A popular choice among leopard gecko keepers is kitchen roll or paper towel. While far less attractive than sand, it is a very cheap alternative that is considered fairly safe to use. Paper towel is most often used for young or sick geckos. In addition to being cheap, it is easy to clean and replace, and it presents no concern of ingestion or inhalation. It is therefore the perfect choice for a sick reptile that needs to be monitored closely, but it may not be ideal for a healthy lizard. This is because leopard geckos enjoy hiding, often by burrowing into their substrate – something they cannot do with paper towels. This removes a level of enrichment from their vivarium and may even impact their feelings of safety and security, and while this can be somewhat addressed with the provision of plenty of hiding spots, it is worth considering as a drawback to using paper towels.
Shredded paper bedding, made specifically for leopard geckos, is often made of thinner, softer paper than the kind you put in your printer. This bedding is considered just as safe as paper towels, with the added bonus that it allows your gecko to burrow. Your gecko is unlikely to ingest this substrate but if they do the paper should go soft and soggy and pass through their bowels with relative ease.
If the substrate for your gecko’s vivarium is the equivalent of the carpet in your home, then why not just use actual carpet? Outdoor or reptile carpet can be purchased, which can look very attractive in your vivarium and present little to no risk of ingestion or inhalation. They are also long-lasting and reusable so present a much cheaper alternative to other substrates in the long run.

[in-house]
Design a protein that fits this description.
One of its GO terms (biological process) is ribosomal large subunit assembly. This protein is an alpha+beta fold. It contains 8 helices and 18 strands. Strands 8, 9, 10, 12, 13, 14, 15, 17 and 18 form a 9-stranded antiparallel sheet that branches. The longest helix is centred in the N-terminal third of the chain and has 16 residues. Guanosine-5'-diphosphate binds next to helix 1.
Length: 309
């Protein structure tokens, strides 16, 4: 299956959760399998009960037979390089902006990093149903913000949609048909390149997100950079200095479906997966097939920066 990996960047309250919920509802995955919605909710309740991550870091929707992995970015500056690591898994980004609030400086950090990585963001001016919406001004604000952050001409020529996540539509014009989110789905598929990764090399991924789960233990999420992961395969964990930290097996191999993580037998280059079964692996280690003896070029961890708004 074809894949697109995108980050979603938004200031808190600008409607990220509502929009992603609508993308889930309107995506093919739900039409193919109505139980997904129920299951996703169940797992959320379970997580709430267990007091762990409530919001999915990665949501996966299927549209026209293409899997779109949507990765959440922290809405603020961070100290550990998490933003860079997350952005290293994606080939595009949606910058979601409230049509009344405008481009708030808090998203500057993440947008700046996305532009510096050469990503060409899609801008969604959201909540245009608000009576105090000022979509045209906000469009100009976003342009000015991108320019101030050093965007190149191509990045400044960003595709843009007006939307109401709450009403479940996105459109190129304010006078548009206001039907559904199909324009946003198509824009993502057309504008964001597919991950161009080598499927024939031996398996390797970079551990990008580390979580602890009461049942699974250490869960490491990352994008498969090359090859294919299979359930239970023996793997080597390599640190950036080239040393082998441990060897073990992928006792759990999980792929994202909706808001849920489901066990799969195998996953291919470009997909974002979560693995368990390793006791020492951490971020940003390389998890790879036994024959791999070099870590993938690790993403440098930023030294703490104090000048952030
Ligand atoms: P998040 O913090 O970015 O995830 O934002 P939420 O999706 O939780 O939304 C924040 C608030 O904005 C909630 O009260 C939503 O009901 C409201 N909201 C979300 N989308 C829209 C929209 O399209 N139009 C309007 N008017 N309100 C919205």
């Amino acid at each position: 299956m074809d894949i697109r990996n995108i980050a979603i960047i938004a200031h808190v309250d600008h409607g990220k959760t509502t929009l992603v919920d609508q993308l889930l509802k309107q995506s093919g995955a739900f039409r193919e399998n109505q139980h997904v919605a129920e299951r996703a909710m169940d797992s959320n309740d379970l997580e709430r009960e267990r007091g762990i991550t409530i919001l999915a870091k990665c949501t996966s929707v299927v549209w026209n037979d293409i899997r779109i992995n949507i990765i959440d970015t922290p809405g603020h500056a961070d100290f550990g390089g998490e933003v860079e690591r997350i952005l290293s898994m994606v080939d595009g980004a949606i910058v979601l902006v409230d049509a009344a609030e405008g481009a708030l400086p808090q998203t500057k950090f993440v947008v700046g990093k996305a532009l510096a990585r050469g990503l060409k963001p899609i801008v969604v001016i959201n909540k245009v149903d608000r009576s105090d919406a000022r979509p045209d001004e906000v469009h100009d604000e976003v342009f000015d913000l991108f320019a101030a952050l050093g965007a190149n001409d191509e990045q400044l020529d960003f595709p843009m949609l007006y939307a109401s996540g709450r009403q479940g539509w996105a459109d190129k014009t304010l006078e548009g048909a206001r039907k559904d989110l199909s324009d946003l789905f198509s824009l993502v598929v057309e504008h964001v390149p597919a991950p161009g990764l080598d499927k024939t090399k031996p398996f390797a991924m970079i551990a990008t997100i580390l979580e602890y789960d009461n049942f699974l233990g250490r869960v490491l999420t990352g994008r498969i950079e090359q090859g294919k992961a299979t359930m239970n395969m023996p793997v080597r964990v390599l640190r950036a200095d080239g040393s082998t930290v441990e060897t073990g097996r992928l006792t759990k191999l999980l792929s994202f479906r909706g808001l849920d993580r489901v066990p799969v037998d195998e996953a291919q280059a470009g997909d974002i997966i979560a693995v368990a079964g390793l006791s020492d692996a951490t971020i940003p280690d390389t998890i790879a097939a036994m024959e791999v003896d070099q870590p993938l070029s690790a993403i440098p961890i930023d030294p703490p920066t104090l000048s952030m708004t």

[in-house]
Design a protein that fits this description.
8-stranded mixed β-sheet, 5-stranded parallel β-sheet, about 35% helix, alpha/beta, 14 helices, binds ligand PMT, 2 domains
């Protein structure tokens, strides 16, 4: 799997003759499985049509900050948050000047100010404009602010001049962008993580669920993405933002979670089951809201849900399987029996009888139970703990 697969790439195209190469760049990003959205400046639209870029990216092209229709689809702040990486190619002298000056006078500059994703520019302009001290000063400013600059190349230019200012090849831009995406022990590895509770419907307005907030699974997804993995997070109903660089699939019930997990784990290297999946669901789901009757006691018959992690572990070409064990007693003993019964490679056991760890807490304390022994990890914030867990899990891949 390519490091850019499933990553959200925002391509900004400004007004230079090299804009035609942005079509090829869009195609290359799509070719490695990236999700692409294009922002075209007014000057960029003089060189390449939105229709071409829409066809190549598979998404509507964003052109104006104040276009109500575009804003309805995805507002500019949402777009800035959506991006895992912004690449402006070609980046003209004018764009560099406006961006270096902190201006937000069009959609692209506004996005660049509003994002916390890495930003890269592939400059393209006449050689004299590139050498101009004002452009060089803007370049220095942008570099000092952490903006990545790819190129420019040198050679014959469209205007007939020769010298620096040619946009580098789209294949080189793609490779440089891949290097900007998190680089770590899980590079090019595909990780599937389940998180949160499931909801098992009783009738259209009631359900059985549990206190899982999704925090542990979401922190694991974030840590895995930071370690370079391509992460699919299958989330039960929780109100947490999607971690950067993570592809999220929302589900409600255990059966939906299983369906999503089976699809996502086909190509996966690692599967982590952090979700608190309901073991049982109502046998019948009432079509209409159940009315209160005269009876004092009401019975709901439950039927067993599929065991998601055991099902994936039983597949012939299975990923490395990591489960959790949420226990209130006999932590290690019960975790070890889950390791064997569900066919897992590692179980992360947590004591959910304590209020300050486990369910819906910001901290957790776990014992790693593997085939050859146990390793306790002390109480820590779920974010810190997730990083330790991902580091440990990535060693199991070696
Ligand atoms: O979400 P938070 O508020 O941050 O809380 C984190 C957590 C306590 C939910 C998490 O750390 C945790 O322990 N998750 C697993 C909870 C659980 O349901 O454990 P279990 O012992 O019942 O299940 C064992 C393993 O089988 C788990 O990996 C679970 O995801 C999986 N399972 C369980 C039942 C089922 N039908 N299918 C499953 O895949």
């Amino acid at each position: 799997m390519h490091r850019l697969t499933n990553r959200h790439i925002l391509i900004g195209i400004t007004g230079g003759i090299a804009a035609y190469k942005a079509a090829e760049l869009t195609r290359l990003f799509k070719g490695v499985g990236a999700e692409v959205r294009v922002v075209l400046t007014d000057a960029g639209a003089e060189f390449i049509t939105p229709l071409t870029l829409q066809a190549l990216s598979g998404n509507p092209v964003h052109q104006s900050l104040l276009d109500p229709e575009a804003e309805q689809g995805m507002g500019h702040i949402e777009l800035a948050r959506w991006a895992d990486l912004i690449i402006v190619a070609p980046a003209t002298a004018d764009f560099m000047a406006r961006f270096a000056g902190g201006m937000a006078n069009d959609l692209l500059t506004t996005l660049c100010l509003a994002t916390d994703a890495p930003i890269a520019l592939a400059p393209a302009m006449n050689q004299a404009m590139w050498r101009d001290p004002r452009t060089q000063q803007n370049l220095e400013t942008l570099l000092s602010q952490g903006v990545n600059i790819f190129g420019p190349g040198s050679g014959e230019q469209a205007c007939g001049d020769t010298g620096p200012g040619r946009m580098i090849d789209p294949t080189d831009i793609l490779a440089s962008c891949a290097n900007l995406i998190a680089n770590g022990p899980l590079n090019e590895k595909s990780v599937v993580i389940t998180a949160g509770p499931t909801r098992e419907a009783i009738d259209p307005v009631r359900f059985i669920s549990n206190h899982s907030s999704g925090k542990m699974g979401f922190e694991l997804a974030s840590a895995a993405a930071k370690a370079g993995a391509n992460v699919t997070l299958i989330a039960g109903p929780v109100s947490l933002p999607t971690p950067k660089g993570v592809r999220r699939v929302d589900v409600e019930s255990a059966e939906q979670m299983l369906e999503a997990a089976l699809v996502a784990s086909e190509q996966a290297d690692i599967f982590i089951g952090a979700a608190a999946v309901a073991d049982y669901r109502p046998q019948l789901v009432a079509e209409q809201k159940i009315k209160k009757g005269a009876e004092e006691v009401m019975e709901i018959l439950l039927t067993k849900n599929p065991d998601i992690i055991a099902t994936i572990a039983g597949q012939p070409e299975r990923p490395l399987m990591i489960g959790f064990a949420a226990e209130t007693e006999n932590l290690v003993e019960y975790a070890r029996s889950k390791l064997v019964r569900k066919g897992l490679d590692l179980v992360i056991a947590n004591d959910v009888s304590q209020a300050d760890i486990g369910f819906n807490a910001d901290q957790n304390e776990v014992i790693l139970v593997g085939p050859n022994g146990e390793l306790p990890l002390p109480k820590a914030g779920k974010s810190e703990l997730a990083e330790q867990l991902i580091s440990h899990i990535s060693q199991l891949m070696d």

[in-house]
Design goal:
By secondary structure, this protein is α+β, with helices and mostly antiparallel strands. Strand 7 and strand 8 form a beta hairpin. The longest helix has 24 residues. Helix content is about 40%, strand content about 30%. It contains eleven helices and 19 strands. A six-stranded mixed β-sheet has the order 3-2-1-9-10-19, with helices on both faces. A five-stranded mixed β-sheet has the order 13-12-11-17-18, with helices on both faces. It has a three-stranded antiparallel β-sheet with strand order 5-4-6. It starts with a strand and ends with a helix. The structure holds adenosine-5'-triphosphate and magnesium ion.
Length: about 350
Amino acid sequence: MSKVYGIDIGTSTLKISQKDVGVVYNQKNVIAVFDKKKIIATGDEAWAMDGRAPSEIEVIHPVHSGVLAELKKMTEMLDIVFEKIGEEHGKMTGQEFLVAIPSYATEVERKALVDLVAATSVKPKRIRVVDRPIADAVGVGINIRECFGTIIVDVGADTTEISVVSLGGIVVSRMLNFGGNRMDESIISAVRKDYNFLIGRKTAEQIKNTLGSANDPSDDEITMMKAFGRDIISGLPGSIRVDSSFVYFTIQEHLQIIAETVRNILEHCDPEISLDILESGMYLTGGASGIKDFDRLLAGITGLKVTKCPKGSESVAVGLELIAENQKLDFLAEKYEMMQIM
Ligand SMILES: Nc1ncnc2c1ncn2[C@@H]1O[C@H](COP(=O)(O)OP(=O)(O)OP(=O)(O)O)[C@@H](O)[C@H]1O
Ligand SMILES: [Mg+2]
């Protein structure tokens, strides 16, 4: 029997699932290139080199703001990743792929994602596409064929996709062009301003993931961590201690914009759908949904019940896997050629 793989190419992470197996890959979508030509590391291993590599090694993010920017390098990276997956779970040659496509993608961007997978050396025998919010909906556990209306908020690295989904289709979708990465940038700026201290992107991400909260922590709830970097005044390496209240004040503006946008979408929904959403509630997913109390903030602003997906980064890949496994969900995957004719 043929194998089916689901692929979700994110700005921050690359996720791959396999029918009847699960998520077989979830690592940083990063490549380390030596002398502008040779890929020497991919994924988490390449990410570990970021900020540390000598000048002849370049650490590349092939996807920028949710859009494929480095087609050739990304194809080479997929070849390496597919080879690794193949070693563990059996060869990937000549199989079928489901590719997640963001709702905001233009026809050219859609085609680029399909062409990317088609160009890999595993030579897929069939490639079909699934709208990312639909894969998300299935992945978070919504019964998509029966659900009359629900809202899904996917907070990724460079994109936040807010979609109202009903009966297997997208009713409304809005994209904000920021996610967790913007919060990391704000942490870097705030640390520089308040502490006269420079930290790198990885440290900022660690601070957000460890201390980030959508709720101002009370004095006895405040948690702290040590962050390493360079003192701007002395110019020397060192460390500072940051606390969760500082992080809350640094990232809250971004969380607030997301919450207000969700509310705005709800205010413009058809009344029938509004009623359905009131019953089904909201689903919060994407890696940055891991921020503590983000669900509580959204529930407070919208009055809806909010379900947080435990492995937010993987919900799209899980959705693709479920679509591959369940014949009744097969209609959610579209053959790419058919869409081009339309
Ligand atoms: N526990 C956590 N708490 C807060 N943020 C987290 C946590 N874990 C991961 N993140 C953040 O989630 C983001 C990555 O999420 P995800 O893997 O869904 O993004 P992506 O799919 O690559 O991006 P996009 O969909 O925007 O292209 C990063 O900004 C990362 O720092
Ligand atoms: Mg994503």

However, carpets can be abrasive against your gecko’s body and cause carpet burns on the soft skin of their bellies. If you choose to use carpet, you should check it very regularly for loose threads as these can be ingested or even trap your gecko’s feet. Another drawback to reptile carpet is that it can be fairly tricky to clean. While they can be scrubbed clean and reused, this process may be fairly lengthy, which will most likely require you to have two pieces so as to switch them out when one needs cleaning. Some leopard gecko owners also complain that reptile carpet retains a lot of its smell even after cleaning.
Many variations of dirt or mud are available that are designed specifically for reptiles (do not simply dig up earth from your garden as this may have any number of foreign bodies that could cause harm to your gecko). Bioactive setups are a popular option for a number of pets, and if cared for carefully a soil base can make for a very healthy bioactive vivarium set up. You can also make DIY mixes of sand and reptile-safe types of dirt, such as organic topsoil and/or excavator clay. These dirt mixes can be moistened and then packed into the vivarium to dry down, which creates a hardened earth effect that is safe for geckos, easy to clean, and not so hard that your lizard will be unable to create burrows in it.
Substrates to Avoid
Your choice of substrate is a personal one, and it should be based on a number of factors: what is available to you, what is most convenient for your lifestyle, and what you consider safest for your leopard gecko and their own personal habits. However, there are some substrates that are simply never safe and should not be used, such as gravel. Leopard geckos have soft underbellies, which make gravel uncomfortable for them to walk on. It is also hard and unsafe to burrow into and can cause massive problems if ingested. Any variation of wood chip or shavings are also unsafe since bits of wood can easily impale the soft skin of your gecko. Corncob, walnut shells, coconut fibre and linoleum are all unsafe due to having a coarse texture, presenting a significant impaction risk or emitting harmful chemicals.